- Greetings to all from Auroville, India -


As a trained theatrical stage manager, the worst thing to happen is to be late for an appointment or meeting. I was late meeting Lakshmi, the message therapist I was introduced to the day before by the brother of a friend of hers who has a business close to New Creation Recreation Center, where I am staying. In fact, I had just dropped off my magnet belt for repair with a leather worker, who I told I was coming back to be fitted for leather sandals later in the afternoon, when I met Abbas on the street and he said Lakshmi was indeed waiting for me. (I didn’t realize at the time he was telling me I was late.)

I continued walking up the road about a half mile to her place, (they call me The Walking Man in the area because everyone else is riding on bicycles and motor vehicles of some sort) and as soon as she saw me she got off her chair and prepared to close her shop as we were to go into Pondicherry (Pondicherí - the ex-French quarter). We were going into Pondy – as it’s called in these parts, to see a doctor for me to have a physical and have medicine prescribed for me to internally begin a process to help the external message. Hopefully all this, along with my morning stretches will do good things for my long suffering hamstring and thigh muscles.

Lakshmi, who is Tamil and native to this area, is dark-skinned Indian, she is – as she pointed out yesterday, when we met – as dark as me. As a matter of reference, except for hair texture she could be African American or even from the west coast of Africa: Senegal…the Gambia…Côte D’Ivoire… At one point she even said I was the first Black American visitor she had seen in a year. There is only one African American (retired State Department worker) living here. She has been here for 22 years. She explained we were going to see a doctor right down the road instead of in Pony.

We arrived at his place on the second floor where he was painting a sign printed with what he does. I commented to the fact that he had a great penmanship, and showed him a sample of my nearly indecipherable handwriting - I didn’t go to Catholic School as my younger sister did. He looked at the writing thoughtfully and said; “Prophets have handwriting like this.” That got a big laugh from me and, of course, made me instantly like him. We all went inside his small office. He asked what ailed me and I told him about the high blood pressure, allowing him to take a gander at the diuretic pills the VA (Veteran’s Administration) gave me.

Told him about the spinal cord injury and the tingling in my hands down through my feet – it always seems to be more pronounced when I am in a medical situation – told him about the, long-termed, extreme tightness from my calves to my buttocks (as Forrest Gump would say), as well as the tightness in the front of my thighs (do we call them quads?) and lower back and stomach region, and the constipation. As he finished taking my blood pressure – letting me know it was high – I remembered to mention the touch of arthritis…and since I had been through this before, told him I slept very well, had a good appetite, and yes, the sexual function was fine. He asked me if I was sure because he could give me something for sex (This was the same thing the VA was pushing…must be really important to us fellows). He asked me if I was sure because he could give me something for sex. I assured him I was alright and certainly did not want anything along those lines as I was a natural man and didn’t take to chemical quick fixes. The doctor, who also teaches natural medicine in Pondicherry, said; “Okay, but this is what Europeans come to me for.” I said no, I was fine. What I didn’t tell him was, strangely enough, the two areas of my body that were unaffected by my spinal cord injury I sustained in July of 2002 was my head and my sexual organ.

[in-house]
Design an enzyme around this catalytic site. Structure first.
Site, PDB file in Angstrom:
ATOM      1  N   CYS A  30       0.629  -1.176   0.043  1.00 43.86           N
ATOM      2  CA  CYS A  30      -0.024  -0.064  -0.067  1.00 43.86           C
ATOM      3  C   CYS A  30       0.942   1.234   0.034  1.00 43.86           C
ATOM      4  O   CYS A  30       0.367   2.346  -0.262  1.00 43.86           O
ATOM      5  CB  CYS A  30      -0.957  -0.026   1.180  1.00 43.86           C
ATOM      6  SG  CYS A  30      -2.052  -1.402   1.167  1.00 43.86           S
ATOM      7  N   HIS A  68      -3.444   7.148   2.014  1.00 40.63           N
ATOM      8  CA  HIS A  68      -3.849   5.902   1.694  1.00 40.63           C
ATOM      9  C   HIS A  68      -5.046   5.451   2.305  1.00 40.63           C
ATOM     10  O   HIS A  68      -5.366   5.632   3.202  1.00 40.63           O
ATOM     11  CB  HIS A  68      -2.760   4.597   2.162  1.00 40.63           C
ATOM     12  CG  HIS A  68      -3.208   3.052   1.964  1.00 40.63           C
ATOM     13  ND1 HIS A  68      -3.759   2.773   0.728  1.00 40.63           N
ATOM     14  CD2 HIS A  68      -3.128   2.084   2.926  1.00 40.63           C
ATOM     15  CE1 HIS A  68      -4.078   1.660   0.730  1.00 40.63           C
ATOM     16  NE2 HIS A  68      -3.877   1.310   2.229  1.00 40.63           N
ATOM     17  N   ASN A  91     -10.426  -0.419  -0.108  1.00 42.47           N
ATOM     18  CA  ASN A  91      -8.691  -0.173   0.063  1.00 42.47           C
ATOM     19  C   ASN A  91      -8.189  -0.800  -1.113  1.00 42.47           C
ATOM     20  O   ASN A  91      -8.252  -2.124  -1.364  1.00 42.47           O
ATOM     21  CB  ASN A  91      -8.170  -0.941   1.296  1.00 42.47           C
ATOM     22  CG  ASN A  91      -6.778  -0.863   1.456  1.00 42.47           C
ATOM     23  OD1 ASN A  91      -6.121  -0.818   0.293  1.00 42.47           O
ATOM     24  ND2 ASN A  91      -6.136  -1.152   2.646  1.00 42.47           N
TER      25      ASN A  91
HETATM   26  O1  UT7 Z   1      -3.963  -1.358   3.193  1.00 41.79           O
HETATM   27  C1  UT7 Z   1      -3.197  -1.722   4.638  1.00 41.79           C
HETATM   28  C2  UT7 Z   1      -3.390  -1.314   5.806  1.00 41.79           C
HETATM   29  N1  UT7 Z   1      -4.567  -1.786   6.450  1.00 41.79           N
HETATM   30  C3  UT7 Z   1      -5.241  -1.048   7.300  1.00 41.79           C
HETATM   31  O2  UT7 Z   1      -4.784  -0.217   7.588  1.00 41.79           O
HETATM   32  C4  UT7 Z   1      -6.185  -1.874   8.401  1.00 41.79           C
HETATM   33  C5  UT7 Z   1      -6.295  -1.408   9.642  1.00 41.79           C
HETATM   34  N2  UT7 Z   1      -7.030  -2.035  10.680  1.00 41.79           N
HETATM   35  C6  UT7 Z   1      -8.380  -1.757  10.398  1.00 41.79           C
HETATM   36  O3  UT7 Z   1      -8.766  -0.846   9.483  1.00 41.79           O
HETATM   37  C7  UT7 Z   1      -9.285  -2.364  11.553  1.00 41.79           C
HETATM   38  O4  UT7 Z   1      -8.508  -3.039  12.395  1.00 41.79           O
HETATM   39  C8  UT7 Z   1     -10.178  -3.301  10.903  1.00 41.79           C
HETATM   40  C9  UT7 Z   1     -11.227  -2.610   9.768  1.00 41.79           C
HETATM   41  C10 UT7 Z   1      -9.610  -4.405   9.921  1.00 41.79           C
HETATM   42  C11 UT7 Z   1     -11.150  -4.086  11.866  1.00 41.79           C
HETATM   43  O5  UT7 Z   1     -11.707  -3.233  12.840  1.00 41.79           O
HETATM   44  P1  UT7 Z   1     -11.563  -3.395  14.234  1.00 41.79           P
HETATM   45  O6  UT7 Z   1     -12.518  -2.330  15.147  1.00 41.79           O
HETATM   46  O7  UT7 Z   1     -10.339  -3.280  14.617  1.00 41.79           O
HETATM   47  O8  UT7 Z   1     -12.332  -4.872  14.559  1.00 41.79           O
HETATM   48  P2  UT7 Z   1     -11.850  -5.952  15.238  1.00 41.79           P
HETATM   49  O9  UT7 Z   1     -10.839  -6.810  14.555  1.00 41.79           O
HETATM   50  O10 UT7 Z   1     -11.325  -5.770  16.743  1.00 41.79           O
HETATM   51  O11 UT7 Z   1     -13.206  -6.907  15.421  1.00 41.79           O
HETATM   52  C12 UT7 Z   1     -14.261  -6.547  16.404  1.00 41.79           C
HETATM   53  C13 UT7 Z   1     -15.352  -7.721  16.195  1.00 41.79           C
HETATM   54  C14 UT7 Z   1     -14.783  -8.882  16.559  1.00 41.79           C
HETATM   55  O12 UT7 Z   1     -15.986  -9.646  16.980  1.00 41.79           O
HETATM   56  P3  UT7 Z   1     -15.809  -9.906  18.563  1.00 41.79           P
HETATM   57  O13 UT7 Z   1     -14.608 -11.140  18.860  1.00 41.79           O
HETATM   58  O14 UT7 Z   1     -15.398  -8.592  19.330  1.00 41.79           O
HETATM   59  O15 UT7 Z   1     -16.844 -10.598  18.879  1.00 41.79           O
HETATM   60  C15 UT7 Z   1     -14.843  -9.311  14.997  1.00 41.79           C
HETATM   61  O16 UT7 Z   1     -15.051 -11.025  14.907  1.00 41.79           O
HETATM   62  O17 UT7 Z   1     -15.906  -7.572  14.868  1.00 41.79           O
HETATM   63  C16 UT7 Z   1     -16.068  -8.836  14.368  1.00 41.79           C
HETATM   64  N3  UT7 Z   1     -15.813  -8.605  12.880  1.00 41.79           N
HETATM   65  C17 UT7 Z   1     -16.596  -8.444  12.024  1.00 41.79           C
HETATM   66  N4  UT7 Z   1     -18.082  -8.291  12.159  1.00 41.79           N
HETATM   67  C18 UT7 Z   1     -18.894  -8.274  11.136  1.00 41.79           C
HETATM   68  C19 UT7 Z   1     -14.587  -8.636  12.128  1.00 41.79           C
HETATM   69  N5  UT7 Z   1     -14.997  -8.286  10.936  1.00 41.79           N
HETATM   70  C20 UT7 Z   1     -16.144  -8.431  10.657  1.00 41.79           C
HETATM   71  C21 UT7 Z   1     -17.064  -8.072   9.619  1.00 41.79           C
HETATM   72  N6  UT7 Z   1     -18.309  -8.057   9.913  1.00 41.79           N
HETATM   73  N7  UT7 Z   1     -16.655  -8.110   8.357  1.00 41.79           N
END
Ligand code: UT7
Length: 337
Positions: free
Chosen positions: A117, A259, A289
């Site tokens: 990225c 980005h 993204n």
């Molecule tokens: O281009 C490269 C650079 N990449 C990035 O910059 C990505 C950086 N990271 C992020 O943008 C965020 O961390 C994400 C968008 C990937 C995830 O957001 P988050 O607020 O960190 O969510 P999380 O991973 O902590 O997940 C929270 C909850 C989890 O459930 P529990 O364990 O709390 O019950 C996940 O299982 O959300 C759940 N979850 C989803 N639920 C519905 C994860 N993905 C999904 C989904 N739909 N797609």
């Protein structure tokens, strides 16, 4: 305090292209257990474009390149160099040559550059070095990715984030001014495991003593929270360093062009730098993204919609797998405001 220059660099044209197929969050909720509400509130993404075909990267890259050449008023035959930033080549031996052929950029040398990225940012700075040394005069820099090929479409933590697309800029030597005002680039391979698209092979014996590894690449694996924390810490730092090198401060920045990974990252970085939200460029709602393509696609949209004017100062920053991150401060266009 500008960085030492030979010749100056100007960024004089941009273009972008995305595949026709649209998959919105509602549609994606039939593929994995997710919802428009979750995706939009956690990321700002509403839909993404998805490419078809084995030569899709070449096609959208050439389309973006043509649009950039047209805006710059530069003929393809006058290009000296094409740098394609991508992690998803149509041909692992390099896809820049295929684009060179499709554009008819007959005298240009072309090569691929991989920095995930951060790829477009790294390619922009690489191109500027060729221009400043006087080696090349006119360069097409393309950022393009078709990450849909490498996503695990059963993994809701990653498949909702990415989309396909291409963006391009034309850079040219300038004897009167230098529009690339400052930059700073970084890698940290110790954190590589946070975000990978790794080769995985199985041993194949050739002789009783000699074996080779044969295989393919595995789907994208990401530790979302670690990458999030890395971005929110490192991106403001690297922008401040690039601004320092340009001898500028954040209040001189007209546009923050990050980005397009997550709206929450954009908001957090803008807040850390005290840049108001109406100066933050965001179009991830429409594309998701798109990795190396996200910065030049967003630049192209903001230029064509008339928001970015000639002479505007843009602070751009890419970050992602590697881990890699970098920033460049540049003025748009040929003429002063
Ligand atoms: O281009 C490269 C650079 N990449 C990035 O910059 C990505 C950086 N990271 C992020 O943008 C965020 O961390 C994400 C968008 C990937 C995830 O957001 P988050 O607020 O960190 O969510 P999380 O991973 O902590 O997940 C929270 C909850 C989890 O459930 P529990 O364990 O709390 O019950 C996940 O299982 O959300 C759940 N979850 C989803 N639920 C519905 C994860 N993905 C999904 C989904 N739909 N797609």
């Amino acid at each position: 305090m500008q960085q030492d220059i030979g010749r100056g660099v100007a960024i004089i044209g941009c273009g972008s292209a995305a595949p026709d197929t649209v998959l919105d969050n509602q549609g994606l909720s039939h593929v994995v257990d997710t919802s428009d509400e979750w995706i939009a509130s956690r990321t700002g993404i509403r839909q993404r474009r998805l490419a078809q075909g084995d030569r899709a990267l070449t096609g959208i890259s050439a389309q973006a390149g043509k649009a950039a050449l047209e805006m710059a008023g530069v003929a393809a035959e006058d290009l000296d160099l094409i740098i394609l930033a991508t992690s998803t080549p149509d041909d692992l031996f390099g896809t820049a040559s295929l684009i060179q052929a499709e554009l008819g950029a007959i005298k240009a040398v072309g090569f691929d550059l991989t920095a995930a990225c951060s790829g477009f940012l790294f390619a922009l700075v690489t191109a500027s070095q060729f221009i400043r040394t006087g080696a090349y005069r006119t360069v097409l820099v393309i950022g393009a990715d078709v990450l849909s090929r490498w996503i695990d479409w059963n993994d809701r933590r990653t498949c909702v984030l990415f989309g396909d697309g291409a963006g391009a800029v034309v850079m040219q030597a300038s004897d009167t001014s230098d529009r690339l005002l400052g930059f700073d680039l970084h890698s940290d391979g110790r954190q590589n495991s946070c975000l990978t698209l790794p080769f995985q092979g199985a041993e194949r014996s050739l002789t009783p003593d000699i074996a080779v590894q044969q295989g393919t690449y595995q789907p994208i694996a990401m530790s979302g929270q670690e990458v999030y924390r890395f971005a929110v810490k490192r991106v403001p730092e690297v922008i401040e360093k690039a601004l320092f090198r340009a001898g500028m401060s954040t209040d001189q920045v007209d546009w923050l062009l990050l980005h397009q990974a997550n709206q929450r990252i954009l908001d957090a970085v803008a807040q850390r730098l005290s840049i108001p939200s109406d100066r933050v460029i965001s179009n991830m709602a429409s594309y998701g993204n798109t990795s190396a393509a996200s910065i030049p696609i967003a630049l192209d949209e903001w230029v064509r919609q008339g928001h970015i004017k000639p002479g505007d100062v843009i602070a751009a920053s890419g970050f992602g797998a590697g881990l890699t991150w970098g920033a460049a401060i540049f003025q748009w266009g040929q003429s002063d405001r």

He did the stethoscope thing to my chest and back and did some squeezing of my fingers and bending back of my hands and took my pulse in several places. We left Lakshmi and went behind his office curtain where he had me lay down and felt my muscles and bent my legs, asking if I felt any pain. I didn’t, and he was finished with the exam. We went back to our original seats – me next to Lakshmi…him, behind his desk. He began writing, and he and Lakshmi talked back and forth in their native tongue of Tamil. They actually seemed to be in a debate. Since the only language I know is English (and a bit of Spanish), my head was swiveling in one direction, then the other. The Doctor finished writing, Lakshmi finished arguing and I asked how much the visit costing. He looked at me, as if to size me up, and said 200 rupees, adding that he charged Europeans 500 rupees. Since 200Rs is a little under 4 dollars US…I was happy to give it to him and added another 50Rs, saying it was for the paint for the sign he was so expertly working on. The good doctor was more than very pleased with that and gave me all sorts of blessings as he shook my hand vigorously.